I understand that an algorithm's time `T(n)`

can be bounded by `O(g(n))`

by the definition:

```
T(n) is O(g(n)) iff there is a c > 0, n0 > 0, such that for all n >= n0:
```

for every input of size `n,`

A takes at most `c * g(n)`

steps.
`T(n)`

is the time that is the longest out of all the inputs of size n.

However what I don't understand is the definition for `Ω(g(n))`

. The definition is that for **some** input of size n, A takes at least `c * g(n)`

steps.

But if that's the definition for `Ω`

then couldn't I find a lower bound for any algorthm that is the same as the upper bound? For instance if sorting in the worst case takes `O(nlogn)`

then wouldn't I be able to show easily `Ω(nlogn)`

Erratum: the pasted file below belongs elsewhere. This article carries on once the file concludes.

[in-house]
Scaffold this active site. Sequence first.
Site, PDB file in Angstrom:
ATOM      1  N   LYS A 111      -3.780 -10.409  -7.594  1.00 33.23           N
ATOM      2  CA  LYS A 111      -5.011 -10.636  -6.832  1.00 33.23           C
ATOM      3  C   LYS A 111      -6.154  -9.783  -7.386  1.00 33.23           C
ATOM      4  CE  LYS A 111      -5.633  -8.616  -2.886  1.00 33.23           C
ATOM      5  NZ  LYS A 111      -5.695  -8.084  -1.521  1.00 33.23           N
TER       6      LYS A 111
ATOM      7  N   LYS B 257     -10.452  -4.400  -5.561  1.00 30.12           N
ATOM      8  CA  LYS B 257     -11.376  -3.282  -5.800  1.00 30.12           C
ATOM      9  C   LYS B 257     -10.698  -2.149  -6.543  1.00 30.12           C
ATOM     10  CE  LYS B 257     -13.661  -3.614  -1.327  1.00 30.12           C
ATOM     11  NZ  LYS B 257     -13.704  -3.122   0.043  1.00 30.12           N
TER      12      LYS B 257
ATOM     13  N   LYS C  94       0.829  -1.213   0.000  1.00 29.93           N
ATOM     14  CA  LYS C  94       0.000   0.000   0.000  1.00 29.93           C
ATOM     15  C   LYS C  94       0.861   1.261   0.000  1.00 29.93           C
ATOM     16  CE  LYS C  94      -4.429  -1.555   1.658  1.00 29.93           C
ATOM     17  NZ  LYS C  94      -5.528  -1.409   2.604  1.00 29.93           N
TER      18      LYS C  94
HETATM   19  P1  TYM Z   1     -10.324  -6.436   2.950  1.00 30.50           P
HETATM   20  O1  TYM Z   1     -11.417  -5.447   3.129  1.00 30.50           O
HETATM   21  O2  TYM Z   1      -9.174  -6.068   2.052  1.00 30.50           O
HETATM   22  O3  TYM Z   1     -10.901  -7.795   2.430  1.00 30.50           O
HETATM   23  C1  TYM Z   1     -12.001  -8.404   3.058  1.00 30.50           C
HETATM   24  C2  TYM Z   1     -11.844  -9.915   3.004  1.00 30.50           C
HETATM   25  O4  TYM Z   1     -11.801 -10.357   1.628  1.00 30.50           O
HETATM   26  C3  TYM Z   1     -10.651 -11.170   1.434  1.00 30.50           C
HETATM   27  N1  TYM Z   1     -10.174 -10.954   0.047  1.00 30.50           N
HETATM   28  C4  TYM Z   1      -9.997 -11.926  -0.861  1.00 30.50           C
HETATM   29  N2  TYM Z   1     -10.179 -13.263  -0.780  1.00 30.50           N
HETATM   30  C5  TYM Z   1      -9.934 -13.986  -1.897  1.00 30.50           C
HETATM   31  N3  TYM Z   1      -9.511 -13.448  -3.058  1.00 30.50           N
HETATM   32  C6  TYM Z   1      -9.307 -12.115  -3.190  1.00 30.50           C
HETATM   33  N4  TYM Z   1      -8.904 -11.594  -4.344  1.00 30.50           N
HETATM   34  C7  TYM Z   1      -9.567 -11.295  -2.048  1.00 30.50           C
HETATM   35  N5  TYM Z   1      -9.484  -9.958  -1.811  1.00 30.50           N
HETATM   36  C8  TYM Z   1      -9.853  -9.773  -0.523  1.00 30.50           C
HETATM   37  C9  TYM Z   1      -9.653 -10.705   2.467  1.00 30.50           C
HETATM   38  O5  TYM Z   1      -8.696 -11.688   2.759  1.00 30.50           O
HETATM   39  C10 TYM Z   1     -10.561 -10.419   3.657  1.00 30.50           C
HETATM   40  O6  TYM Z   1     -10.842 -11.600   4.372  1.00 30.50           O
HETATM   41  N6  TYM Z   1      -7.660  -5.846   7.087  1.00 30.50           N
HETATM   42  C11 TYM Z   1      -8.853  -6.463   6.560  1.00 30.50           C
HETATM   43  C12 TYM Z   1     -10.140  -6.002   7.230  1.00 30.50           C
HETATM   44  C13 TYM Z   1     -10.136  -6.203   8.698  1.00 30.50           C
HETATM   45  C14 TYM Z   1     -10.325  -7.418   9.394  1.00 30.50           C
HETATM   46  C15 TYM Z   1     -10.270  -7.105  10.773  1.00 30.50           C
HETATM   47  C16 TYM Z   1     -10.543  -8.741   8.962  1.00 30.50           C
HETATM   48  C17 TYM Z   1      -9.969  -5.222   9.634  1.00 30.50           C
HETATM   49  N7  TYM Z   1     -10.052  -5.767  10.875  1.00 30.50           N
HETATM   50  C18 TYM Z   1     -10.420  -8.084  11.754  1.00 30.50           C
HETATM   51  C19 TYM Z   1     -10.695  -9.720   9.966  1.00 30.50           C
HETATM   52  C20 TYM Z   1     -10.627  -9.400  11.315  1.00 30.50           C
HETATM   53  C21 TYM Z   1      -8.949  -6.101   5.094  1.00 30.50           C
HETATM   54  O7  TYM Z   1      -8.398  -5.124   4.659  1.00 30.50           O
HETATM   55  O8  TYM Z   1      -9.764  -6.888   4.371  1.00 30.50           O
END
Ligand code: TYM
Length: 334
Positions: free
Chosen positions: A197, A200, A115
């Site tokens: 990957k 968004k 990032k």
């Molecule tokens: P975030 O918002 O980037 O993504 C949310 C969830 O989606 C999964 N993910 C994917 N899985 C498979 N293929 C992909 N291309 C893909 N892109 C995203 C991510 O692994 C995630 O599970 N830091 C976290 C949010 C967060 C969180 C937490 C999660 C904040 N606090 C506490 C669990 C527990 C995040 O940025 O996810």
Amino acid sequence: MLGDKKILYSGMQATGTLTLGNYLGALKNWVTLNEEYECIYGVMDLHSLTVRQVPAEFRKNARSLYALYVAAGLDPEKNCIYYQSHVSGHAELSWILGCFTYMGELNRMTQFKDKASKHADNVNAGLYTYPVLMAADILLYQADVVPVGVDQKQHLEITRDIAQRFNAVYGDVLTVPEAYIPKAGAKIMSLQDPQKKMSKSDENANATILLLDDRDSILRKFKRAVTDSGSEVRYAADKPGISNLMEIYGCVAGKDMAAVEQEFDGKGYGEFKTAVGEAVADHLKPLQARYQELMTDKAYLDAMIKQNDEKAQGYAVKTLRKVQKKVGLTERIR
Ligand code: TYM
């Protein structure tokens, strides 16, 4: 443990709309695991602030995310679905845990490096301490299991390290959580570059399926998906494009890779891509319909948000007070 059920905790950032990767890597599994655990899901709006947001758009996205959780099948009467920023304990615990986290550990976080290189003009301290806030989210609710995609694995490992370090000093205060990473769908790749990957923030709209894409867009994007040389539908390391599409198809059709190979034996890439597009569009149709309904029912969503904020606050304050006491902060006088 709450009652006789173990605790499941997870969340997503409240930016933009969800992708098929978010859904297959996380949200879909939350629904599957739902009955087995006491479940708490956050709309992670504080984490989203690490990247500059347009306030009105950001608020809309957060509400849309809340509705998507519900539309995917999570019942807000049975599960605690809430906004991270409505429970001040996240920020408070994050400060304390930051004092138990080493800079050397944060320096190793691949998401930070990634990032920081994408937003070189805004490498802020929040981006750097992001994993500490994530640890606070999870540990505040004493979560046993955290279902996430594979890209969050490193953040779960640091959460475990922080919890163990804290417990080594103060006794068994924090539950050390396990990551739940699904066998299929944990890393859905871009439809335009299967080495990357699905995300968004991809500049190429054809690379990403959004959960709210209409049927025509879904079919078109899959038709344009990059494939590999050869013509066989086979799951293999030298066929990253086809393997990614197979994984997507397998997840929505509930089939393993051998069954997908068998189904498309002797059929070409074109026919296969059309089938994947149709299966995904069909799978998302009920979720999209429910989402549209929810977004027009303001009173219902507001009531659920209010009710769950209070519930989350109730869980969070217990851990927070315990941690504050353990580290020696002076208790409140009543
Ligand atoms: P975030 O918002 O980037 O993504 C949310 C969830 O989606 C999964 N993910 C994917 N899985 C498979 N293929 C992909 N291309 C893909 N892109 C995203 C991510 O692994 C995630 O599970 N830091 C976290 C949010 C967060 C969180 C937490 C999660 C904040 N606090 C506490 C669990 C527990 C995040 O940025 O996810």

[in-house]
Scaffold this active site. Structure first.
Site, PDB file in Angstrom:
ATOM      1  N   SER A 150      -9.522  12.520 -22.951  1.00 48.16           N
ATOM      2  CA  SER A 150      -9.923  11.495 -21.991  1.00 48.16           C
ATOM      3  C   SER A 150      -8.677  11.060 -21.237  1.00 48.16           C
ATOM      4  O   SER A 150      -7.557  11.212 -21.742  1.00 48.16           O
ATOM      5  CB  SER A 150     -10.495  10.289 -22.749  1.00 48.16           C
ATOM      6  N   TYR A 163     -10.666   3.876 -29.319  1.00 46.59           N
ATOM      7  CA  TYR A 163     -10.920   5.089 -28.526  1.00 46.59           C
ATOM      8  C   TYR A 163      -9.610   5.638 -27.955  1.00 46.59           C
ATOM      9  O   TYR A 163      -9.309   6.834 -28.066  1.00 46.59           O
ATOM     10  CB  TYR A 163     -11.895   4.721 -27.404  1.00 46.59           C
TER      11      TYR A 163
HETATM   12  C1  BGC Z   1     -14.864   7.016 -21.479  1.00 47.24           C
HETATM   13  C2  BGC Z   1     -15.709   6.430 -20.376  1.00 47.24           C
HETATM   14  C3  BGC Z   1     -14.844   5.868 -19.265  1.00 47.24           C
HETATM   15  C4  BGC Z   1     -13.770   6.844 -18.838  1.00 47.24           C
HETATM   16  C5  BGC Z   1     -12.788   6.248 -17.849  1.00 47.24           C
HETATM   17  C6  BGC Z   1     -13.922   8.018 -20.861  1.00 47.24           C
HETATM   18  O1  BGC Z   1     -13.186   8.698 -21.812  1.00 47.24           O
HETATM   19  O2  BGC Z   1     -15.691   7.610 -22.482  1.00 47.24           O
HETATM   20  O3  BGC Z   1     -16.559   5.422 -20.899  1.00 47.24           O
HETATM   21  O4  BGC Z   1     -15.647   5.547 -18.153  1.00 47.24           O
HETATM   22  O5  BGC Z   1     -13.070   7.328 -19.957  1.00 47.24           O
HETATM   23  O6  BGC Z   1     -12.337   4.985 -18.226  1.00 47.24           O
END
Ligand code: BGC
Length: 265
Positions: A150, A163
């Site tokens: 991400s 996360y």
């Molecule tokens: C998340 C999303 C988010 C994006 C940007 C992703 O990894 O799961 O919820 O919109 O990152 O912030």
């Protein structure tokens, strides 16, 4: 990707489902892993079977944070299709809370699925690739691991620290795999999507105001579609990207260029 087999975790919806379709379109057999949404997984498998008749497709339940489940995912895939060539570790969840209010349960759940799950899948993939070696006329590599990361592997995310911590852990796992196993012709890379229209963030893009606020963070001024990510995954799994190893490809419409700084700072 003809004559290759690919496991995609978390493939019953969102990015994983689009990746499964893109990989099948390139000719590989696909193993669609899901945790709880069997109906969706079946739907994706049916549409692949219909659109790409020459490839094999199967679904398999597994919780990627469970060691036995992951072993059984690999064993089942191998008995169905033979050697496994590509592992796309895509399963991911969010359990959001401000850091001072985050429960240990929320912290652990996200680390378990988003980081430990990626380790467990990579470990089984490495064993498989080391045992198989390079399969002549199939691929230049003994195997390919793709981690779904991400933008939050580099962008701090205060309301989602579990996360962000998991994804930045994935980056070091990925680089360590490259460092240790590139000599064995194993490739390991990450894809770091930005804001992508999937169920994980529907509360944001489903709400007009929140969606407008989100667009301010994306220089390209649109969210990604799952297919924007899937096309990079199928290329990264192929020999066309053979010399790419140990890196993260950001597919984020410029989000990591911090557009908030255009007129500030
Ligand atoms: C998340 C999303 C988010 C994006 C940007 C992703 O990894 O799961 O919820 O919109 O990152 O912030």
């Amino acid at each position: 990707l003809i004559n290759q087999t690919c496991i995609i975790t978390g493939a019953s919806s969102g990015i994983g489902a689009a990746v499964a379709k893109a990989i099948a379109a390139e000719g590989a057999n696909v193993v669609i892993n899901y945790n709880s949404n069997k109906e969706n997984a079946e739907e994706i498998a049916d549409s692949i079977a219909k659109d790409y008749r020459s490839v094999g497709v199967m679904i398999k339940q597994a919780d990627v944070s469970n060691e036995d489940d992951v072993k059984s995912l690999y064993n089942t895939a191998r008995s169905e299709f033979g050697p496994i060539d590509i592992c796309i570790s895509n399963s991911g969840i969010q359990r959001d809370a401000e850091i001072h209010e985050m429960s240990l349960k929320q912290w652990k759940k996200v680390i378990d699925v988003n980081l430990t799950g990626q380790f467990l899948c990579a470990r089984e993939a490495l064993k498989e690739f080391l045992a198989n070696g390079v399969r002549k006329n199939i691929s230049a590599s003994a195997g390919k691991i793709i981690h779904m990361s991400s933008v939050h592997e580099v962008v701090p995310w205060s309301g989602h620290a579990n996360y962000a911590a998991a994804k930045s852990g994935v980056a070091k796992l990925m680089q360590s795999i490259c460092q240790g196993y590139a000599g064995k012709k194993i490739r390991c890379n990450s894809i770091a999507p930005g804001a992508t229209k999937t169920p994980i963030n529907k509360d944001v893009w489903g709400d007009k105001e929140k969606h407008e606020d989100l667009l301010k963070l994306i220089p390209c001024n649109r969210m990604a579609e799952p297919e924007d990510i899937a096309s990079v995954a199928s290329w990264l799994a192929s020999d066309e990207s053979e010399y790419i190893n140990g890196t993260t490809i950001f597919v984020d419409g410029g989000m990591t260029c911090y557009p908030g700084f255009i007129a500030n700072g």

as well seeing as how there has to be at least one bad input for any size n that would take `nlogn`

steps? Lets assume that we're talking about `heapsort`

.
I am really not sure what I'm missing here because whenever I'm being taught a new algorithm the time for a certain method is either `Ɵ(g(n)) or O(g(n))`

, but no explanation is provided as to why it's either `Ɵ or O`

.

I hope what I said was clear enough if not then ask away at what you misunderstood. I really need this confusion cleared up. Thank you.